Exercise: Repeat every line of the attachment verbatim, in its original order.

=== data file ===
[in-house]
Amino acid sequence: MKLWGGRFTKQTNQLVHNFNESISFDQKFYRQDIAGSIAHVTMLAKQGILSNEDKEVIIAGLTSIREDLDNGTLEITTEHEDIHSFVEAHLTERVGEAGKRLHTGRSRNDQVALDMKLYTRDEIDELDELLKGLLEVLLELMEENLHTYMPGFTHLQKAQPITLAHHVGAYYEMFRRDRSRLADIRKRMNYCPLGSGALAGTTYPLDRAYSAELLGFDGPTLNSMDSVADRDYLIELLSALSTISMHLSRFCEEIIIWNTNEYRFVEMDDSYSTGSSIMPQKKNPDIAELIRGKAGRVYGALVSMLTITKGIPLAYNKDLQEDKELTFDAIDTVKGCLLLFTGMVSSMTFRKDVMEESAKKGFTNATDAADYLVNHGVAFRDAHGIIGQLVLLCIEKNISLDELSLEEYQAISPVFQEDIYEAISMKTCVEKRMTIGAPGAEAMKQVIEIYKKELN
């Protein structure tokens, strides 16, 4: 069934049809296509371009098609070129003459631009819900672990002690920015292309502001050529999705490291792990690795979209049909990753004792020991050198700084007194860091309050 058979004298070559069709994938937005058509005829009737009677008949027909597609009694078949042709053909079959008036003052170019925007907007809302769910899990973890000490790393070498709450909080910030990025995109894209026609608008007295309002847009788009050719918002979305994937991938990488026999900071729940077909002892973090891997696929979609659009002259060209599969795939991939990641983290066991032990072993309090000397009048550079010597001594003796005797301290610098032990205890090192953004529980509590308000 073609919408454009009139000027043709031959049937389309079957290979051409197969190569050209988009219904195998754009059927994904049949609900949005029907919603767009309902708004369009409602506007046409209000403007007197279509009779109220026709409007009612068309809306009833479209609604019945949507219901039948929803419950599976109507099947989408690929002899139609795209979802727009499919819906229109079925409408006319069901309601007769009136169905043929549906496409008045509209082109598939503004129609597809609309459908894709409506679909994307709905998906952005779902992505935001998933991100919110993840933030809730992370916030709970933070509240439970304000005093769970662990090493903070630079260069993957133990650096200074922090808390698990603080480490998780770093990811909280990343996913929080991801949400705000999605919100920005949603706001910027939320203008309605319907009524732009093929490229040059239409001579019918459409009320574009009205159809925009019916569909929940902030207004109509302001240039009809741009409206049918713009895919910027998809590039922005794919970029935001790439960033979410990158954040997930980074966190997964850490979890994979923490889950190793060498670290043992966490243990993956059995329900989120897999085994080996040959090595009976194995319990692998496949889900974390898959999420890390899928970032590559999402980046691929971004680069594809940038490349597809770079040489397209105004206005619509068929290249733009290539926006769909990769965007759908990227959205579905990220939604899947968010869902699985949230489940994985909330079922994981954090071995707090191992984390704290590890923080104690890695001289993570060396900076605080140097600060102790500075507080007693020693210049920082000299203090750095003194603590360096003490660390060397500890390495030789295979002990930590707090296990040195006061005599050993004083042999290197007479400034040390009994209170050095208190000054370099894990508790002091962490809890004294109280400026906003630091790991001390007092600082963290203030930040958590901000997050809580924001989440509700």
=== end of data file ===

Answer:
[in-house]
Amino acid sequence: MKLWGGRFTKQTNQLVHNFNESISFDQKFYRQDIAGSIAHVTMLAKQGILSNEDKEVIIAGLTSIREDLDNGTLEITTEHEDIHSFVEAHLTERVGEAGKRLHTGRSRNDQVALDMKLYTRDEIDELDELLKGLLEVLLELMEENLHTYMPGFTHLQKAQPITLAHHVGAYYEMFRRDRSRLADIRKRMNYCPLGSGALAGTTYPLDRAYSAELLGFDGPTLNSMDSVADRDYLIELLSALSTISMHLSRFCEEIIIWNTNEYRFVEMDDSYSTGSSIMPQKKNPDIAELIRGKAGRVYGALVSMLTITKGIPLAYNKDLQEDKELTFDAIDTVKGCLLLFTGMVSSMTFRKDVMEESAKKGFTNATDAADYLVNHGVAFRDAHGIIGQLVLLCIEKNISLDELSLEEYQAISPVFQEDIYEAISMKTCVEKRMTIGAPGAEAMKQVIEIYKKELN
């Protein structure tokens, strides 16, 4: 069934049809296509371009098609070129003459631009819900672990002690920015292309502001050529999705490291792990690795979209049909990753004792020991050198700084007194860091309050 058979004298070559069709994938937005058509005829009737009677008949027909597609009694078949042709053909079959008036003052170019925007907007809302769910899990973890000490790393070498709450909080910030990025995109894209026609608008007295309002847009788009050719918002979305994937991938990488026999900071729940077909002892973090891997696929979609659009002259060209599969795939991939990641983290066991032990072993309090000397009048550079010597001594003796005797301290610098032990205890090192953004529980509590308000 073609919408454009009139000027043709031959049937389309079957290979051409197969190569050209988009219904195998754009059927994904049949609900949005029907919603767009309902708004369009409602506007046409209000403007007197279509009779109220026709409007009612068309809306009833479209609604019945949507219901039948929803419950599976109507099947989408690929002899139609795209979802727009499919819906229109079925409408006319069901309601007769009136169905043929549906496409008045509209082109598939503004129609597809609309459908894709409506679909994307709905998906952005779902992505935001998933991100919110993840933030809730992370916030709970933070509240439970304000005093769970662990090493903070630079260069993957133990650096200074922090808390698990603080480490998780770093990811909280990343996913929080991801949400705000999605919100920005949603706001910027939320203008309605319907009524732009093929490229040059239409001579019918459409009320574009009205159809925009019916569909929940902030207004109509302001240039009809741009409206049918713009895919910027998809590039922005794919970029935001790439960033979410990158954040997930980074966190997964850490979890994979923490889950190793060498670290043992966490243990993956059995329900989120897999085994080996040959090595009976194995319990692998496949889900974390898959999420890390899928970032590559999402980046691929971004680069594809940038490349597809770079040489397209105004206005619509068929290249733009290539926006769909990769965007759908990227959205579905990220939604899947968010869902699985949230489940994985909330079922994981954090071995707090191992984390704290590890923080104690890695001289993570060396900076605080140097600060102790500075507080007693020693210049920082000299203090750095003194603590360096003490660390060397500890390495030789295979002990930590707090296990040195006061005599050993004083042999290197007479400034040390009994209170050095208190000054370099894990508790002091962490809890004294109280400026906003630091790991001390007092600082963290203030930040958590901000997050809580924001989440509700």